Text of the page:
• Susan (@37), and Don (@38), I’d still like answers to my requests/questions (@36), notably those in the 2nd and 3rd paragraphs. Anyone?

    First of all, I call this a “stunt” because his request to suspend the campaigns has little to no bearing whatsoever on his claimed need to be in D.C. Even if we assume for the sake of argument that McCain is uniquely a leader of presidential caliber, the only one who can save Congress from itself, who is so desperately needed in this time of crisis, this darkest hour when The Maverick, his arms clad in the purest shimmering samite, will hold aloft His Proposal from the bosom of the Tidal Basin, signifying by Divine Providence that … wait, where was I going with this? Oh yeah.

    Anyhow, even if we assume all that hoo-hah, why do ads have to stop running? Why do campaigns have to be suspended by all the other campaign members? And why doesn’t McCain seem to have done a very good job of suspending his campaign — even if you ignore the TV ad issue — if it’s so very, very important? Do ads running on TV somehow distract McCain from Acting Presidential … er, I mean coming up with a solution?

    Susan, you said, “I think reacting to his return as if he’s a savior or white knight is over the top.” Well, of course — that’s the sort of thing only Democrats should be accused of! He’s no savior, it’s just that he’s The Only Person Who Is Truly Needed Right Now in D.C. To Help Save Everyone Because No One Else Takes Action Like Him.

    Also: “As for nutty stunts, how about inviting yourself to Europe to … [etc., etc.]” Just wondering: Have you ever responded to a criticism of McCain from a non-Republican with anything other than “Oh yeah? You think McCain is ____? Is not! But you know who is ____? Obama — that’s who!” Feel free to point to where you did if I missed it.

    Anyhow, what, exactly, has McCain accomplished with his Not-a-Stunt? Let’s see:

    Both candidates made the rounds on network evening news programs after meeting on the crisis with President Bush and bipartisan congressional leaders at the White House. McCain did not participate in late-night negotiations on Capitol Hill but worked the phones from his Virginia home. A senior McCain official said McCain hasn’t signed on to any one proposal, though he does agree there needs to be a greater protection for taxpayers. … As McCain returned to Washington at midday, Democratic and Republican negotiators emerged from a closed-door meeting to report an agreement in principle. An Obama campaign official said the Illinois senator called into the meeting. McCain spokesman Brian Rogers said McCain didn’t participate, but held talks with Republican leaders afterward. [1]

    wow, thank goodness he’s in D.C. solving the criss, working the phones for his campaign and not participaing in negotiations! Of course, he doesn’t have to actually negotiate — the mere fact of his physical presence somewhere in D.c., and the aura of leadership that exudes from it, gives every good Republican girl and boy a sense of hope.

    “It was McCain who had urged Bush to call the White House meeting. … McCain spoke surprisingly little after asking for the meeting. [2]”

    “McCain, who dramatically announced Wednesday that he was suspending his campaign to deal with the economic crisis, stayed silent for most of the session and spoke only briefly to voice general principles for a rescue plan. … Neither Bush, McCain nor Obama have been deeply involved so far in this week’s scramble to hammer out a package.[3]”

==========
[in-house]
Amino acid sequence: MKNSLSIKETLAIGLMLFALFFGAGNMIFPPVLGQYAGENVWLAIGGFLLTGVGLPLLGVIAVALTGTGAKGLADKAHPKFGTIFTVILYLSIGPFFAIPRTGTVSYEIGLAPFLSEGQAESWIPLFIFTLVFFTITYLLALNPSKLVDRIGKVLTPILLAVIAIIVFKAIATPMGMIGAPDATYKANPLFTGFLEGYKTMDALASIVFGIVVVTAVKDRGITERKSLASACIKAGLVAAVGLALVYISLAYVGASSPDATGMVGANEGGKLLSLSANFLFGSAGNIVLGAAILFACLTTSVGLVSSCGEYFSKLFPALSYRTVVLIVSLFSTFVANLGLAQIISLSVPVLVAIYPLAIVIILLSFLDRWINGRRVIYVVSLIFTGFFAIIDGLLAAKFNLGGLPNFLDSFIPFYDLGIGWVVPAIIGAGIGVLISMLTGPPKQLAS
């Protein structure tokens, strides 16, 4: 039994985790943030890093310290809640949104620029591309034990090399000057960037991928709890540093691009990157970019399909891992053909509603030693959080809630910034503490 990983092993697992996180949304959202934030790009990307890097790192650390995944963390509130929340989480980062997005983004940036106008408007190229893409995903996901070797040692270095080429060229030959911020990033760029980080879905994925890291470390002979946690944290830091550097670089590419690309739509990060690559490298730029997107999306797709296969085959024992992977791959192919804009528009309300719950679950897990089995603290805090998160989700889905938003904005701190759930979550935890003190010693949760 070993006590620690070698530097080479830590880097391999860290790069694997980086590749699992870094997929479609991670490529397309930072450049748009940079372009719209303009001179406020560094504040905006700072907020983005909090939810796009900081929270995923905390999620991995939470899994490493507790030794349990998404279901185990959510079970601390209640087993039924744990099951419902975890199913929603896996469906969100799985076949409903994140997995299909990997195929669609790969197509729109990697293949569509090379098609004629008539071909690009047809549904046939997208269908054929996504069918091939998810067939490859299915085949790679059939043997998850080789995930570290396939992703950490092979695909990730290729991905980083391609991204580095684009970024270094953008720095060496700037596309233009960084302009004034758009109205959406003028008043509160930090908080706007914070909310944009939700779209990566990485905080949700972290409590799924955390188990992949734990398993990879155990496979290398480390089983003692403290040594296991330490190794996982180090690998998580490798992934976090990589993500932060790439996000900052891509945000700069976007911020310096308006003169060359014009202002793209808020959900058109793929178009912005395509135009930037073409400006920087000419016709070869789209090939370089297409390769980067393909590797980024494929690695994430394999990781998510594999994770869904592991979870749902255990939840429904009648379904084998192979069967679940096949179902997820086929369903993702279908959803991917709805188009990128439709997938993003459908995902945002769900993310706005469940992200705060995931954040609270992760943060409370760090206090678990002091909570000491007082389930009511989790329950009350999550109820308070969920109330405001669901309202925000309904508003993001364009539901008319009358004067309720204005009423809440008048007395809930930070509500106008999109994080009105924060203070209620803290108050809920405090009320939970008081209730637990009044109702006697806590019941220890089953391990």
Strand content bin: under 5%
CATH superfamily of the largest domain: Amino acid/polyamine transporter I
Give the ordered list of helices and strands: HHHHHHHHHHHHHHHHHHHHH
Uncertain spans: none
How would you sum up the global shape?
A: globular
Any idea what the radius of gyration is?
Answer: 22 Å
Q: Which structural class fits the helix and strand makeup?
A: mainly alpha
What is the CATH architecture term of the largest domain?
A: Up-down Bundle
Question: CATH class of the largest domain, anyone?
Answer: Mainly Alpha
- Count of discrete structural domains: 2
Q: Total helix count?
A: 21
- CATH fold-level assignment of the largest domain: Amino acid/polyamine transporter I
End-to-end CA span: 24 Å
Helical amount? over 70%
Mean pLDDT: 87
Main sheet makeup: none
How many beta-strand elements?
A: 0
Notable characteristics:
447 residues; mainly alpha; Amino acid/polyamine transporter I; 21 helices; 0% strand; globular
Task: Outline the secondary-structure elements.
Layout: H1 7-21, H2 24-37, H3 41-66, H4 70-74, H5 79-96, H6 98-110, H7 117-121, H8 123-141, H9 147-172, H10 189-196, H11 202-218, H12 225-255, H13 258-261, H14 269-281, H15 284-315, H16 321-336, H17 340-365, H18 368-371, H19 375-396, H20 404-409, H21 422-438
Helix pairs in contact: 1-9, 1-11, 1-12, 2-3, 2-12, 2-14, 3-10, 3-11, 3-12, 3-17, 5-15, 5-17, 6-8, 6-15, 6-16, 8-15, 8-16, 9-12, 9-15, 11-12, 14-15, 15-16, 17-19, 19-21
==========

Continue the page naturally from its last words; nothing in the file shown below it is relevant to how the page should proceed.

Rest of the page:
Look, if you can give me any evidence whatsoever that John McCain’s physical presence has achieved something, that he has taken the lead role in these negotiations, then I will reconsider my assertion that this is a stunt. But making impetuous decisions and pretending it’s leadership, all the while sitting in on meetings where your own party is rebelling against the idea of consensus* … how is that helping anyone except McCain and his flagging poll numbers?

    [1] “McCain-Obama debate prospects uncertain” by Liz Sidoti,, 9/25/2008, 11:44 PM
    [2] “Wild day, no deal” by David Rogers,, 9/25/08 11:58 PM
    [3] “Amid GOP revolt, bailout deal breaks down” by Jennifer Loven and Julie Hirschfeld Davis,, 9/24/2008, 11:58 PM
    * For the record, from what little I understand of the matter, I may actually side with the rebellious (and actually conservative) Republicans in this matter, not Bush and the “Let’s just pass something, no matter how stupid or expensive” Democrats. That doesn’t mean that McCain needs to “suspend” his campaign or be in D.C.

  • Anon

    Let us stop responding to Alinsky-style “thuggery” that the Obama campaign has been pushing, including on the blogs.

  • FW

    i don´t see the value in McCains declaration other than a political one. mcCain is not on the committees that will be deciding these things, he is not plugged into the senate and house internal debates so will be entering them midconversation. he will probably be more hindrance than help.

    the debates are at 9pm . both candidates have big planes to take them from miss to dc in about 3 hours when necessary.

    conclusion: grandstand.

  • Anon (@40), you realize you’re not actually not responding to me, you’re just responding in a passive-aggressive manner. As well as using a stilted tone, but hey, that’s your choice.

    And I’ve said it before, but I know you don’t read my posts (you just … respond to them?) so: I don’t work for the Obama campaign. I haven’t given any money to the Obama campaign. There is even a chance I won’t vote for Obama.

    I know it’s much more exciting to perceive me as some kind of pure evil you can brush aside with your high and mighty rhetoric, but I’m just a commenter like you. Oh, except I’ve been here several times longer than you have.

  • Don S

    tODD @ 39: I responded to you on today’s new thread. Susan has posted over there as well.